Solution

  1. crashes
  2. developer
  3. terrible
  4. system
  5. inebriated
  6. malware
  7. money
  8. people
  9. incrediblyhacked
  10. comedy
  11. redirected
  12. microshaft
  13. browse
  14. submit
  15. child
  16. browser

Original Text

So isn't it amazing how much control the attackers can get with such a simple operation? Let me show you how most malware is now distributed today. What I'm going to do is open up a website that I wrote. It's a terrible website. It's got really awful graphics. And it's got a comments section here where we can submit comments to the website. Many of you will have used something a bit like this before. Unfortunately, when this was implemented, the developer was slightly inebriated and managed to forget all of the secure coding practices he had learned. So let's imagine that our attacker, called Evil Hacker just for comedy value, inserts something a little nasty. This is a script. It's code which will be interpreted on the webpage. So I'm going to submit this post, and then, on my victim computer, I'm going to open up the web browser and browse to my website, www.incrediblyhacked.com. Notice that after a couple of seconds, I get redirected. That website address at the top there, which you can just about see, microshaft.com, the browser crashes as it hits one of these exploit packs, and up pops fake antivirus. This is a virus pretending to look like antivirus software, and it will go through and it will scan the system, have a look at what its popping up here. It creates some very serious alerts. Oh look, a child porn proxy server. We really should clean that up. What's really insulting about this is not only does it provide the attackers with access to your data, but when the scan finishes, they tell you in order to clean up the fake viruses, you have to register the product. Now I liked it better when viruses were free. (Laughter) People now pay cybercriminals money to run viruses, which I find utterly bizarre.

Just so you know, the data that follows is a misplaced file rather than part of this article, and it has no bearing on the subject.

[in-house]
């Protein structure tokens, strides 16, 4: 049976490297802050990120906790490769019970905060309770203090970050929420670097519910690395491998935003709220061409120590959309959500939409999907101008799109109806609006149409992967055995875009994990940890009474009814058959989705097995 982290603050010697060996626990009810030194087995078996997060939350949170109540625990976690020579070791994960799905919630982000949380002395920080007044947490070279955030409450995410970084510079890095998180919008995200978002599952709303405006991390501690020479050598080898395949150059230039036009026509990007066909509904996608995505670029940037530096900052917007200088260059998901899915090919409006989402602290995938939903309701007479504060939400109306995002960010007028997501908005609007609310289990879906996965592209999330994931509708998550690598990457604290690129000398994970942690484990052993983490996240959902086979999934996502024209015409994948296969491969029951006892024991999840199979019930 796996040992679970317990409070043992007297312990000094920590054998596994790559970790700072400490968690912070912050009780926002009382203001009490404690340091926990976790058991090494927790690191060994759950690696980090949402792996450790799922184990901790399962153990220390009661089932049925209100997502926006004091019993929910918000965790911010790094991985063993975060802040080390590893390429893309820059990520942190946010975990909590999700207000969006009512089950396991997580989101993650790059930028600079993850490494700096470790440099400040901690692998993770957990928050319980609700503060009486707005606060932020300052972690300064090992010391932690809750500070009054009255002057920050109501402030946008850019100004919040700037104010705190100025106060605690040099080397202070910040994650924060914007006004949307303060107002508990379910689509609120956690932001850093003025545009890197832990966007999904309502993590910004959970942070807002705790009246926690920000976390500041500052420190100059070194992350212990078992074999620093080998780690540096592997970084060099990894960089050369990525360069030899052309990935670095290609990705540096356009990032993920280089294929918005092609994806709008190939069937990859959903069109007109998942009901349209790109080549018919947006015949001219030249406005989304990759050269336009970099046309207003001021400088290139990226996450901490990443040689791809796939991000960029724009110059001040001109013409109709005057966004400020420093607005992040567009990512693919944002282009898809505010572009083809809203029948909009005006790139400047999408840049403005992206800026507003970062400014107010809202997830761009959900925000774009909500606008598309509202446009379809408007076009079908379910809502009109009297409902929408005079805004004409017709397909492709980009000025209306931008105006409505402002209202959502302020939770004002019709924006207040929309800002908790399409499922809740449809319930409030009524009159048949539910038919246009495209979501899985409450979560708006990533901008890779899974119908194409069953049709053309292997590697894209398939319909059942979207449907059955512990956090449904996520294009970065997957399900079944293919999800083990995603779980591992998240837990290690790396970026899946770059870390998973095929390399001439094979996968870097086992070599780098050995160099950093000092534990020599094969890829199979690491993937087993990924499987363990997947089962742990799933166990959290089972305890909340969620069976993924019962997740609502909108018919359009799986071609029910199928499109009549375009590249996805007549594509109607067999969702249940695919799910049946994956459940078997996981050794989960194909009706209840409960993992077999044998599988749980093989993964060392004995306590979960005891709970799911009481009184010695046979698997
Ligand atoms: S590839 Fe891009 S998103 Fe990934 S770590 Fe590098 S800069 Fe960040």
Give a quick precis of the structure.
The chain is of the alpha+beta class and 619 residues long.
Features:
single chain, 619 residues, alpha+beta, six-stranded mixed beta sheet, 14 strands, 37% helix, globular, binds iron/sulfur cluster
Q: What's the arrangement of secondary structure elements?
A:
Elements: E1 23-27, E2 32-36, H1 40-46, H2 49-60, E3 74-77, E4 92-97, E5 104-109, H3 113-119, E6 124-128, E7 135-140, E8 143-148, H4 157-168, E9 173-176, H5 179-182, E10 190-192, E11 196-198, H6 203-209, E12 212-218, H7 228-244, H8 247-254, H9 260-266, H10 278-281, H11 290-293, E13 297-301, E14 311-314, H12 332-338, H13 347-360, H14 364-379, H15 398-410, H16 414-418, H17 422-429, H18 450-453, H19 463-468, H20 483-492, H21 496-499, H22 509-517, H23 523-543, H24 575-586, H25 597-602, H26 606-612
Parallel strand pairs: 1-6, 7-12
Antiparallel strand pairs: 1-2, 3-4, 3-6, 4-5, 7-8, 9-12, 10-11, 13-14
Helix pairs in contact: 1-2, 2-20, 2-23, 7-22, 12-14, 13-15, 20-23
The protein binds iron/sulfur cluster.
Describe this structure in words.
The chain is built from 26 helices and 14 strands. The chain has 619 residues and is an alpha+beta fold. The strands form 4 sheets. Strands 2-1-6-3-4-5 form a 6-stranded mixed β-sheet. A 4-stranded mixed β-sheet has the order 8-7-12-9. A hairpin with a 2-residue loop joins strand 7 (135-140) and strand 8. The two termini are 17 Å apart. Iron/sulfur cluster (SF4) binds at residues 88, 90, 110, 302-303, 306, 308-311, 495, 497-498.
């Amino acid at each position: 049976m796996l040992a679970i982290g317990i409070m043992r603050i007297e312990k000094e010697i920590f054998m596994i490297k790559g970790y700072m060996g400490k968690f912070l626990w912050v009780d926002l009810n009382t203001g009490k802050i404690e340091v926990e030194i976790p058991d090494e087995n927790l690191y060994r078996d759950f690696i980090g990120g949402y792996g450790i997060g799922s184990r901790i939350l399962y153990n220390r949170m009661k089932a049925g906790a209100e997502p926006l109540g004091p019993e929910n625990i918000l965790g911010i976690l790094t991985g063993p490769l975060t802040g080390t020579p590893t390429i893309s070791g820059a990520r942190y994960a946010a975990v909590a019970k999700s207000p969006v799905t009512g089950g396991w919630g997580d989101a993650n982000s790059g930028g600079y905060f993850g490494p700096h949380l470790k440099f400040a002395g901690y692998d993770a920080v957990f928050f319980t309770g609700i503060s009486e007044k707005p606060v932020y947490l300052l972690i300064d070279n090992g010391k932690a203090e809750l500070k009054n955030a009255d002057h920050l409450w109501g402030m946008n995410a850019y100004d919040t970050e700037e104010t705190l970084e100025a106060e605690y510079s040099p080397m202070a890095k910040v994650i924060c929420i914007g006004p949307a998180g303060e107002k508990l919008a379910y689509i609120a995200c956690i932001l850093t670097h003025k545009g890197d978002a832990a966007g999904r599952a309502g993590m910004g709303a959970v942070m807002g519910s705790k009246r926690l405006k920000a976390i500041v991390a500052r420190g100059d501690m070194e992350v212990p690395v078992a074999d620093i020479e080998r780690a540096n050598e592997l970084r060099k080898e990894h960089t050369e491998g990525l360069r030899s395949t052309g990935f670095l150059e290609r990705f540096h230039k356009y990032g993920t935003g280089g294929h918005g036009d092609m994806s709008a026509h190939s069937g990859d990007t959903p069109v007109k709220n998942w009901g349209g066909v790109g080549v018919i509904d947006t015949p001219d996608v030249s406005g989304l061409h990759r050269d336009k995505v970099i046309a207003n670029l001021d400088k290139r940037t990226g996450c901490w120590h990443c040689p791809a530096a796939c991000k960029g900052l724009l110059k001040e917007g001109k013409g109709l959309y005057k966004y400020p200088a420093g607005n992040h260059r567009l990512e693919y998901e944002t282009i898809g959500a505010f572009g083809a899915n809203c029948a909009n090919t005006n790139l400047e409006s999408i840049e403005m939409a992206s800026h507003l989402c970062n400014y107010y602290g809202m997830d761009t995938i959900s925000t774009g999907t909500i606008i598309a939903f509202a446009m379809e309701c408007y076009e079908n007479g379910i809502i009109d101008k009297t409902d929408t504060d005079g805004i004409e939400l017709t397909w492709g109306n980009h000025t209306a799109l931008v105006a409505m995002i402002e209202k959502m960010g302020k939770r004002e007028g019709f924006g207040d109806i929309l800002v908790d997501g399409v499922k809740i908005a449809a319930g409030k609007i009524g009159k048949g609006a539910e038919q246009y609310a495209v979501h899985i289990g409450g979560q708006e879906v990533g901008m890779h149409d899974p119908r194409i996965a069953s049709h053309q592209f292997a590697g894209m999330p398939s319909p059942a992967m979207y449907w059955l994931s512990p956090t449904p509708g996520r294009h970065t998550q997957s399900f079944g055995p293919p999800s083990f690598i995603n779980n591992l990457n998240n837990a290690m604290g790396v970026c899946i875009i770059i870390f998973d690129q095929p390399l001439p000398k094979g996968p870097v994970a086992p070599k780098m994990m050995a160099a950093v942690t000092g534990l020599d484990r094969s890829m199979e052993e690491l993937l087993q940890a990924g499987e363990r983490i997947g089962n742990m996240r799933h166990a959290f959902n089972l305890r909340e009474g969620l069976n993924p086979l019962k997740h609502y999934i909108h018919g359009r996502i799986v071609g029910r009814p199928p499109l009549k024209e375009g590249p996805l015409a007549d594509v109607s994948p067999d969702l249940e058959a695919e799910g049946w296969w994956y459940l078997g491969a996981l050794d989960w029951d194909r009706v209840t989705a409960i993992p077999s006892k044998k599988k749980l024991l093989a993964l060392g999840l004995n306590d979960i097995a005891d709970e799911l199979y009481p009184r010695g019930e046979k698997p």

ngrams of length 2

collocation frequency
malicious code 5
usb key 4

Important Words

  1. access
  2. address
  3. alerts
  4. amazing
  5. antivirus
  6. attacker
  7. attackers
  8. awful
  9. bit
  10. bizarre
  11. browse
  12. browser
  13. called
  14. child
  15. clean
  16. code
  17. coding
  18. comedy
  19. comments
  20. computer
  21. control
  22. couple
  23. crashes
  24. creates
  25. cybercriminals
  26. data
  27. developer
  28. distributed
  29. evil
  30. exploit
  31. fake
  32. find
  33. finishes
  34. forget
  35. free
  36. graphics
  37. hacker
  38. hits
  39. imagine
  40. implemented
  41. incrediblyhacked
  42. inebriated
  43. inserts
  44. insulting
  45. interpreted
  46. laughter
  47. learned
  48. malware
  49. managed
  50. microshaft
  51. money
  52. nasty
  53. notice
  54. open
  55. operation
  56. order
  57. packs
  58. pay
  59. people
  60. popping
  61. pops
  62. porn
  63. post
  64. practices
  65. pretending
  66. product
  67. provide
  68. proxy
  69. redirected
  70. register
  71. run
  72. scan
  73. script
  74. seconds
  75. section
  76. secure
  77. server
  78. show
  79. simple
  80. slightly
  81. software
  82. submit
  83. system
  84. terrible
  85. today
  86. top
  87. utterly
  88. victim
  89. virus
  90. viruses
  91. web
  92. webpage
  93. website
  94. wrote
  95. www